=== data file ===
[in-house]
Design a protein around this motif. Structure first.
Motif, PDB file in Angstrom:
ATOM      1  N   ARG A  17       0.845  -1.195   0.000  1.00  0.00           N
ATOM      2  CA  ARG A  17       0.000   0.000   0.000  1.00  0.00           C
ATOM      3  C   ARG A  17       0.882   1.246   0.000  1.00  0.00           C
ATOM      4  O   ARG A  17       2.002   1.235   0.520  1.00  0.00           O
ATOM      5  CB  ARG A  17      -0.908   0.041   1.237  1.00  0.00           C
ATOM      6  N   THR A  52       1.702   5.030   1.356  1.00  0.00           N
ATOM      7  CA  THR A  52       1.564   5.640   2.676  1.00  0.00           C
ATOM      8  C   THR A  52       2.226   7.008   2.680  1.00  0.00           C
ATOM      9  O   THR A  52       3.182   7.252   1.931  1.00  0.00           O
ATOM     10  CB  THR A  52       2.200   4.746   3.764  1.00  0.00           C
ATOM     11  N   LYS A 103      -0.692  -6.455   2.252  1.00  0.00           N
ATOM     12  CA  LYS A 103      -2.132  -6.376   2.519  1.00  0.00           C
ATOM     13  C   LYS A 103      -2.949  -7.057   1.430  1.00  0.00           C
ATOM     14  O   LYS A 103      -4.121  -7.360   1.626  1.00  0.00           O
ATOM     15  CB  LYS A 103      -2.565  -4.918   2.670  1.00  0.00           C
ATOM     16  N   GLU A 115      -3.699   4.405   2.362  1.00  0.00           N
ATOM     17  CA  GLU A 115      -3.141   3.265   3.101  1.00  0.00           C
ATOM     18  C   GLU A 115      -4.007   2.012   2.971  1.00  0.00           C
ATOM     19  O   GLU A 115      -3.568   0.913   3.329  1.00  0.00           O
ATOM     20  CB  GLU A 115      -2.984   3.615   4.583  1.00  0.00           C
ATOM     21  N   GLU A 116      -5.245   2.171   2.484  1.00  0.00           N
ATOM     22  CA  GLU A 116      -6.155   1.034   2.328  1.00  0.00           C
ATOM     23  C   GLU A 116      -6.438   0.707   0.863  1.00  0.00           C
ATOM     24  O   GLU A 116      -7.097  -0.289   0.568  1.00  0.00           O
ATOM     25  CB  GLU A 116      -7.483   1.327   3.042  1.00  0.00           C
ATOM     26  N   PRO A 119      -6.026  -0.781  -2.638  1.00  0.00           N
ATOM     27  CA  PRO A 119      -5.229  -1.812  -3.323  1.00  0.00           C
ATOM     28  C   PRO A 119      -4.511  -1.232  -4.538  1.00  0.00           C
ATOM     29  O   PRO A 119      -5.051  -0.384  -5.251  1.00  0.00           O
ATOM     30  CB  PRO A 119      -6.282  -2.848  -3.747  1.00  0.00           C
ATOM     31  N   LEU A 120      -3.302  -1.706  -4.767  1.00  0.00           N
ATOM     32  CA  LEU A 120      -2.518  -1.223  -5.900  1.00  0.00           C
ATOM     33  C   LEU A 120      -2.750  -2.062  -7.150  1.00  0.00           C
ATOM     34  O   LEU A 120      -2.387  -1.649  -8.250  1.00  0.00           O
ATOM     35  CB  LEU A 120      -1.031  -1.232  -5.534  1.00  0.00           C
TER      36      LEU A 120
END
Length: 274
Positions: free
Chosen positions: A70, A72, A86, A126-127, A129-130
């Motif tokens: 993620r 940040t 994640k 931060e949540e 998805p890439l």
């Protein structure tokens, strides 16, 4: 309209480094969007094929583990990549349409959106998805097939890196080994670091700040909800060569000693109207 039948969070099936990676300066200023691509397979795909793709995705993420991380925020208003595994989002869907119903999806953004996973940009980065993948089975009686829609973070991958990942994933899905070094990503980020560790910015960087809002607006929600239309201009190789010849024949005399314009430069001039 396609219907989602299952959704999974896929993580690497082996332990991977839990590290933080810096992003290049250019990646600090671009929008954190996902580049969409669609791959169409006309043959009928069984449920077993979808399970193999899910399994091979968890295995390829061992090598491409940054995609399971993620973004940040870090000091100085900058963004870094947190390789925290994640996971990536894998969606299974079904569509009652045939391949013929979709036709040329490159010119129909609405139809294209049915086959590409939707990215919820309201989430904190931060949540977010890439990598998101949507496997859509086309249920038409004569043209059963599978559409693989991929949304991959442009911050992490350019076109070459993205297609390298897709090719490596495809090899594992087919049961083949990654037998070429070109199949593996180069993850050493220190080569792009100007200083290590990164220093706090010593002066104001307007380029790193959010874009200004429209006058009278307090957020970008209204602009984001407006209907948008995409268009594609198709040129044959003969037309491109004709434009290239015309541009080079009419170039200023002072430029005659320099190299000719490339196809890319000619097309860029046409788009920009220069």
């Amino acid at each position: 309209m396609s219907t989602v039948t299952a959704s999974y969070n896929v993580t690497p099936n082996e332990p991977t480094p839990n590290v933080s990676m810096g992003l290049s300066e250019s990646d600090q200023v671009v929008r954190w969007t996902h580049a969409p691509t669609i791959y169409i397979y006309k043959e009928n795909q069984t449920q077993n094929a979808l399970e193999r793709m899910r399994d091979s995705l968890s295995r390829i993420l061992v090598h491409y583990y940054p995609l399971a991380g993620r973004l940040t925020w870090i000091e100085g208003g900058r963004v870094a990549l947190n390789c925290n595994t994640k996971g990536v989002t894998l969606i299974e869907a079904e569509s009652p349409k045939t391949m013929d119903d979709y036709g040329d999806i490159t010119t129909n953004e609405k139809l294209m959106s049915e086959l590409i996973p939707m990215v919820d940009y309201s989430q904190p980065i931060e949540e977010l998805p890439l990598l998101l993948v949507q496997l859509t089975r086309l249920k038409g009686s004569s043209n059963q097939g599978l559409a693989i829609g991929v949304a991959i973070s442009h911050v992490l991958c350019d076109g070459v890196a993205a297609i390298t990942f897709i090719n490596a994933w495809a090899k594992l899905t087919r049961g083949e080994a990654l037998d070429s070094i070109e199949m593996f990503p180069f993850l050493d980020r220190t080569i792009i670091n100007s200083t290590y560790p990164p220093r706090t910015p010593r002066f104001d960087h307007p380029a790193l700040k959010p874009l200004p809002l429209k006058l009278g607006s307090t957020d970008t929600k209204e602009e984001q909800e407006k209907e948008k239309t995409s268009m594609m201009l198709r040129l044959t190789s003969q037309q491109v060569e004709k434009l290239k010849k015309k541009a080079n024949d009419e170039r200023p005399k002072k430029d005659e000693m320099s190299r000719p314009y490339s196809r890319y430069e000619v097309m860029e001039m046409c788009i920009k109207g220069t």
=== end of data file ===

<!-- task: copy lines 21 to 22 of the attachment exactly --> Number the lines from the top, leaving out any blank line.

ATOM     18  C   GLU A 115      -4.007   2.012   2.971  1.00  0.00           C
ATOM     19  O   GLU A 115      -3.568   0.913   3.329  1.00  0.00           O